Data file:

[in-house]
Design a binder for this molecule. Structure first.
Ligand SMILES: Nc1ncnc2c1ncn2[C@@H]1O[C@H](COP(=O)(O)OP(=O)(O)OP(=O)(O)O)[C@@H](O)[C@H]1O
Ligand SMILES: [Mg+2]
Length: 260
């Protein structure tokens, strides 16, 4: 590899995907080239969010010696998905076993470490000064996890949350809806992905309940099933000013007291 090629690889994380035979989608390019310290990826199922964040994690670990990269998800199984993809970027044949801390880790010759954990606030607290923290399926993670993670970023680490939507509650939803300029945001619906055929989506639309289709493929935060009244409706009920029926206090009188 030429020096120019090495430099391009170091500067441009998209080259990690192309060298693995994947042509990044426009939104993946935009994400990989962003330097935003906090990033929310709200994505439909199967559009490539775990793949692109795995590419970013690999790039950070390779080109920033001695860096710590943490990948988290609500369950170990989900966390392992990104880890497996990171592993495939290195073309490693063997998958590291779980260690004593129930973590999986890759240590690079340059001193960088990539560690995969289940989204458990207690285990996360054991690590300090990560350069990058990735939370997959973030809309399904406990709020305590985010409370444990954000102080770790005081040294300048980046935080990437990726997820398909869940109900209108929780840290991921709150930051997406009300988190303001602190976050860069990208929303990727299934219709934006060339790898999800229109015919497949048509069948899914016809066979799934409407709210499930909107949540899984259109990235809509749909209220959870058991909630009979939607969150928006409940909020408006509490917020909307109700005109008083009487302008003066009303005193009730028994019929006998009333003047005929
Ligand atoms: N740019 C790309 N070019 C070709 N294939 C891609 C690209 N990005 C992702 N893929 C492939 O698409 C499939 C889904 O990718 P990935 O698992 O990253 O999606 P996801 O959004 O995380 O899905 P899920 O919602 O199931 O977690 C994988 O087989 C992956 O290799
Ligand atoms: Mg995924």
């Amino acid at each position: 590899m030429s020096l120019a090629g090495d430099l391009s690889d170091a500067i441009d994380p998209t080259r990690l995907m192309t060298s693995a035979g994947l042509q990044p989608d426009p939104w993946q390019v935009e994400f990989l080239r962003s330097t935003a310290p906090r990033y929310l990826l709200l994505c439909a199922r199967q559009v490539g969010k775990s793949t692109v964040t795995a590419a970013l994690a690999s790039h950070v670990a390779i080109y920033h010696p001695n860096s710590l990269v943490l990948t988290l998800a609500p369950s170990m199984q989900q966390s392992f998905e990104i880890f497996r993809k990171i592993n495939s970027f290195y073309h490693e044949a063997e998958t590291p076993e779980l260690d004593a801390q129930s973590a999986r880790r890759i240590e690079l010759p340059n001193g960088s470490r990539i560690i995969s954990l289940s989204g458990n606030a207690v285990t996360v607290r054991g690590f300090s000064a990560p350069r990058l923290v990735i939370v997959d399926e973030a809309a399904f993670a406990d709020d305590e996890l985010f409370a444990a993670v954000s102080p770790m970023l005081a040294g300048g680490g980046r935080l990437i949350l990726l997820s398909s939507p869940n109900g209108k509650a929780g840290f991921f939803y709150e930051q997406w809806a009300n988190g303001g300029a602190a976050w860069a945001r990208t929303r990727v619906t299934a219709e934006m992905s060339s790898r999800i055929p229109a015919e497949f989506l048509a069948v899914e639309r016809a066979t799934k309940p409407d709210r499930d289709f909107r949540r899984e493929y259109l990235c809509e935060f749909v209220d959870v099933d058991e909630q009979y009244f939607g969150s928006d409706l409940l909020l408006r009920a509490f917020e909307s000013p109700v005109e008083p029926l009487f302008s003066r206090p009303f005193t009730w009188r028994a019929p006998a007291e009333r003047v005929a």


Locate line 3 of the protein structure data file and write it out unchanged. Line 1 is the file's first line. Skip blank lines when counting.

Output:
Ligand SMILES: Nc1ncnc2c1ncn2[C@@H]1O[C@H](COP(=O)(O)OP(=O)(O)OP(=O)(O)O)[C@@H](O)[C@H]1O